Becoming Employee Owned

Employee ownership is a highly effective ownership model, which works anywhere in the world and there is plenty of evidence to show that it can boost profitability, productivity, innovation, job security and employee wellbeing.

(See Employee Ownership Association, Cass Business School, White Rose University Consortium for evidence.)

Employee ownership can be implemented relatively easily and can be tailored to the needs of any organisation. It works across a range of sectors and at any stage in the life of a business, from start-up businesses, through to established companies dealing with owner/manager exits and succession planning.

The Employee Ownership Association has produced two very informative booklets on employee ownership; Employee Ownership: How to Get Started and Employee Ownership: Impact Report. Both of these can be downloaded from the EOA website,

Employee Ownership is a good option in any of the following scenarios:

Business succession or ownership succession – private owners, entrepreneurs or heads of family businesses, decide to sell to their valued workforce. This is the most typical route into employee ownership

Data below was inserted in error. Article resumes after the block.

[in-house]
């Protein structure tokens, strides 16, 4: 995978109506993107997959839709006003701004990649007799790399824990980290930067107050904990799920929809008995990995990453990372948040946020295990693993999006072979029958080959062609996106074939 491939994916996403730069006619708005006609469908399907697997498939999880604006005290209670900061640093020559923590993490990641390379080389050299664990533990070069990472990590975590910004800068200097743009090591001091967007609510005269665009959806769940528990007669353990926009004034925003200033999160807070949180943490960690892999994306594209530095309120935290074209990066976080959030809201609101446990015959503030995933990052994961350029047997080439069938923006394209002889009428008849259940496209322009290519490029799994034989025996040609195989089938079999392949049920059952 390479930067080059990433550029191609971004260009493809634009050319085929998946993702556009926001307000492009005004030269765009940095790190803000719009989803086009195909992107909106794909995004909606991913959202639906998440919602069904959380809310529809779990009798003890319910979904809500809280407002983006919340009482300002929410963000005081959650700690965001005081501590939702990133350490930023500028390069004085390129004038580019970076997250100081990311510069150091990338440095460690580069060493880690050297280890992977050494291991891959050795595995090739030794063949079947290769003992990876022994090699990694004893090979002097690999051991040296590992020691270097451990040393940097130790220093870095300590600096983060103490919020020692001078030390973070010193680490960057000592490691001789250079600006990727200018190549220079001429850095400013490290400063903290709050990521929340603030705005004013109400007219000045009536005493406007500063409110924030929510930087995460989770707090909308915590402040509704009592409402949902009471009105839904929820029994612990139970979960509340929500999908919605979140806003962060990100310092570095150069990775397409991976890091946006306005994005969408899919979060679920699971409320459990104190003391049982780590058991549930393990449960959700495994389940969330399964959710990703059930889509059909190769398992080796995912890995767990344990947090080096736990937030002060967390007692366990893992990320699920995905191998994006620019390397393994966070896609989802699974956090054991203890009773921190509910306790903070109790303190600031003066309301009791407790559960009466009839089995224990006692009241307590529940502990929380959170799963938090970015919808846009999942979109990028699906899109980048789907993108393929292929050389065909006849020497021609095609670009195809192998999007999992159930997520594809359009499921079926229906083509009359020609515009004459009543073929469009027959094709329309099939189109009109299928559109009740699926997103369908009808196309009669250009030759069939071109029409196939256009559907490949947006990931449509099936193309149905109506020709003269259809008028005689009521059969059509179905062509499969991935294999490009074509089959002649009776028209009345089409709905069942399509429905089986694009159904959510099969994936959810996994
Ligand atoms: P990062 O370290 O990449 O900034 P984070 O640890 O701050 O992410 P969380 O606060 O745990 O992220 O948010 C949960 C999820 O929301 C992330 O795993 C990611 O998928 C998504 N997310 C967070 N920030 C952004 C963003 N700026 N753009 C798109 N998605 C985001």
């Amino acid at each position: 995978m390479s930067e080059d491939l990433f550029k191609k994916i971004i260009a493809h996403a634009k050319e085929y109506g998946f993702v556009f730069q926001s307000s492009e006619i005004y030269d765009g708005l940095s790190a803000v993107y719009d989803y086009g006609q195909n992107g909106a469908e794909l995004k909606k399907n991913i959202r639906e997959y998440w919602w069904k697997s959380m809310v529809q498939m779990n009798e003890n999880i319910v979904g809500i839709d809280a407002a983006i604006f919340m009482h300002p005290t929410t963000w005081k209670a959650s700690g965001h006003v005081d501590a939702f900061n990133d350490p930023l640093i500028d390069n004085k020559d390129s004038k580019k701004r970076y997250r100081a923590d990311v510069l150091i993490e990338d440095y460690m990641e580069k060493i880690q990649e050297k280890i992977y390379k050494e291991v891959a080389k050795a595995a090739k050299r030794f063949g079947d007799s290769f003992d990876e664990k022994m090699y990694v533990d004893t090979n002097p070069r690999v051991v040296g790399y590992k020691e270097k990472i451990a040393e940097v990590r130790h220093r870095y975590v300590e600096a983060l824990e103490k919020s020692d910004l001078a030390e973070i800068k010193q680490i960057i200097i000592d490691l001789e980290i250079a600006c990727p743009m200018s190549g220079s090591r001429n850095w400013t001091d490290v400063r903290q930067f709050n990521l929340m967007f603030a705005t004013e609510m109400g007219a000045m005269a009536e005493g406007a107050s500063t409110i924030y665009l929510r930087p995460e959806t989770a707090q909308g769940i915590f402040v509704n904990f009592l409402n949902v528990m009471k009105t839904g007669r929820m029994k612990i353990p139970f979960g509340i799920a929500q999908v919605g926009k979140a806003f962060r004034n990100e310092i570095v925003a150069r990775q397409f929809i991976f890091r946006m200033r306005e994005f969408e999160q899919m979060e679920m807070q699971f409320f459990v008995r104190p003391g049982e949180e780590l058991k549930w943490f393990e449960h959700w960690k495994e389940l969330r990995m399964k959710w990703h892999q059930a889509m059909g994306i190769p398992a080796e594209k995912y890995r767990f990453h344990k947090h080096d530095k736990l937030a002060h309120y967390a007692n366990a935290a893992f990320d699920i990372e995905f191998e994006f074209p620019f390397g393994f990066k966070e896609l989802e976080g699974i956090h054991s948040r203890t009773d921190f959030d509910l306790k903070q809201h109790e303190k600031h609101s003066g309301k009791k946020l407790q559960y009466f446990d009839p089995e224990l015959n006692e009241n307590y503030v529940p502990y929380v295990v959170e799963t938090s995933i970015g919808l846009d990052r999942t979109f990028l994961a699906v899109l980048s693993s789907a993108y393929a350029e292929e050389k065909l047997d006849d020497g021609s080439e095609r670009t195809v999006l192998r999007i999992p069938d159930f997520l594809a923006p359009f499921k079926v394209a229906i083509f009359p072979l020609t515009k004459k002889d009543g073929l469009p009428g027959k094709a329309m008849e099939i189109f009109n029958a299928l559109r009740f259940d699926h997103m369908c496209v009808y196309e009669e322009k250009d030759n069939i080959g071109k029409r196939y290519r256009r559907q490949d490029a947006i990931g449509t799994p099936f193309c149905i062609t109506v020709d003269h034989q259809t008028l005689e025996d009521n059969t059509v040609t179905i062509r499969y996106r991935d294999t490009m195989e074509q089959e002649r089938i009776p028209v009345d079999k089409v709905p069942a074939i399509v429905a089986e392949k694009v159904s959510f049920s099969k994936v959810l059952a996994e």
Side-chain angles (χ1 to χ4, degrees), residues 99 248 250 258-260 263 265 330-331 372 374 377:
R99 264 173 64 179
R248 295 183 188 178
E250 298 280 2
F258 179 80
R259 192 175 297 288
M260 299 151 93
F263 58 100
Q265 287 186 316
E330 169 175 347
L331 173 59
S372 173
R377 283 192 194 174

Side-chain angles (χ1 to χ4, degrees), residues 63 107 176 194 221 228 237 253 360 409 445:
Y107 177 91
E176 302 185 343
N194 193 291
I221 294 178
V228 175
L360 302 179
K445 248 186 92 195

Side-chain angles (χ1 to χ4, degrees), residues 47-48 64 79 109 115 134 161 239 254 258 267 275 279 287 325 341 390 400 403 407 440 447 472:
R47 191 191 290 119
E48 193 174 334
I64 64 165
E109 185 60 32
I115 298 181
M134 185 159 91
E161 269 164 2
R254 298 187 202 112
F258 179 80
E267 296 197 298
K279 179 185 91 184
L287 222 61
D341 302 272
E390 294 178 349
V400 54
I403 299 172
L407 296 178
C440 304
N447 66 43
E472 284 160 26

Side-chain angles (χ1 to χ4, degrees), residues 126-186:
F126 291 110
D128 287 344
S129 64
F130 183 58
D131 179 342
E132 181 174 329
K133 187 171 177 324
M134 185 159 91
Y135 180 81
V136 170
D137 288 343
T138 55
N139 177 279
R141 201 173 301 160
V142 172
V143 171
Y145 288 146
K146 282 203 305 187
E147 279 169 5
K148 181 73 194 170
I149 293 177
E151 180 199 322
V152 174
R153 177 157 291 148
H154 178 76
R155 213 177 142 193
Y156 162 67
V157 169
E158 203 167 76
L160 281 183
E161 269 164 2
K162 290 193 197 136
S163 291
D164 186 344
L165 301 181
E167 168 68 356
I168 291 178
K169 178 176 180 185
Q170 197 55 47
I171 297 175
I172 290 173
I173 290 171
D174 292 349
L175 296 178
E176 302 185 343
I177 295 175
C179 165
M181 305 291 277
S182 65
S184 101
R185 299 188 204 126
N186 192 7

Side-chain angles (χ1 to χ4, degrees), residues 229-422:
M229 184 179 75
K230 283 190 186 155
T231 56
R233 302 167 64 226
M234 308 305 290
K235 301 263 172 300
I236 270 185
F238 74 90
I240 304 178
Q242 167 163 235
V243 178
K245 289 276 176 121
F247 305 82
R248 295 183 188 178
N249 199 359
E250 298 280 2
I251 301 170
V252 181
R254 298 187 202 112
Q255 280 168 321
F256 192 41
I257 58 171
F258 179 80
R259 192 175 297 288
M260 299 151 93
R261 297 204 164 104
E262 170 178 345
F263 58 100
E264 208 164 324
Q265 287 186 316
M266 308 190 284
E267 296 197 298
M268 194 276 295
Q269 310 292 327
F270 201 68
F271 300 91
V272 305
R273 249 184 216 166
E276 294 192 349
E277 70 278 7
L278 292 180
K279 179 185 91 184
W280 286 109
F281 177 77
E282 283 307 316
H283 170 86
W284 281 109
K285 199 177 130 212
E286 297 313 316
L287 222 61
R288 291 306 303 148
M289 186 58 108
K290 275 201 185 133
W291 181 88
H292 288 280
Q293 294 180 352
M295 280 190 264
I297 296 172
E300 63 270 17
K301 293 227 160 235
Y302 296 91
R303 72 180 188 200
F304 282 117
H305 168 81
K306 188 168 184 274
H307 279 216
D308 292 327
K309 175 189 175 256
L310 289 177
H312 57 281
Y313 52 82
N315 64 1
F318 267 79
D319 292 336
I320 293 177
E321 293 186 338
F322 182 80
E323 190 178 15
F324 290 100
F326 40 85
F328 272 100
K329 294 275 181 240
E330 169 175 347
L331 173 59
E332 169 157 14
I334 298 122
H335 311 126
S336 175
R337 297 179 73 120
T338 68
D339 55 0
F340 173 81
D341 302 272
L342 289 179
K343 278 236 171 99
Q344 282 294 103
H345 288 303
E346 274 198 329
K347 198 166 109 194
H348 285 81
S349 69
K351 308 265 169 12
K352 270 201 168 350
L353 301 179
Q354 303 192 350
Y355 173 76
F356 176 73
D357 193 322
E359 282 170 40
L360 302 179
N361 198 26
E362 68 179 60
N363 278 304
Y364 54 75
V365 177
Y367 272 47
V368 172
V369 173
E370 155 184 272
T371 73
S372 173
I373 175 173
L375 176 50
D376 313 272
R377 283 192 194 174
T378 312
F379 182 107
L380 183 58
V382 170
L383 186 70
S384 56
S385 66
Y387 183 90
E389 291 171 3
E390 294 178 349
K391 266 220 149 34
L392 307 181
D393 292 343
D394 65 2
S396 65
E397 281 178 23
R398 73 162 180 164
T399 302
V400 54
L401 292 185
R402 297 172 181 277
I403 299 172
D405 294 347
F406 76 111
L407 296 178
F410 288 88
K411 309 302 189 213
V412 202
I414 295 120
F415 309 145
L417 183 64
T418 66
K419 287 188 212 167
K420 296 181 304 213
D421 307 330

Owner vision – as in the case of John Lewis, Arup Group or Scott Bader, the founder of a business opts for employee ownership

Professional partnerships – partners decide to broaden ownership and offer it to all employees, reflecting the need to attract, retain and motivate talented people

Insolvency or closure threat – employee buy–outs can prove an effective route to recovery for businesses that might otherwise fail

Independence – companies may decide that significant and even majority employee participation will protect the company’s independence

Privatisation – bus services and other privatisations have provided occasional opportunities for employee buy-outs

There are usually three share ownership options to consider when looking at employee ownership:

Direct OwnershipIndirect OwnershipHybrid Ownership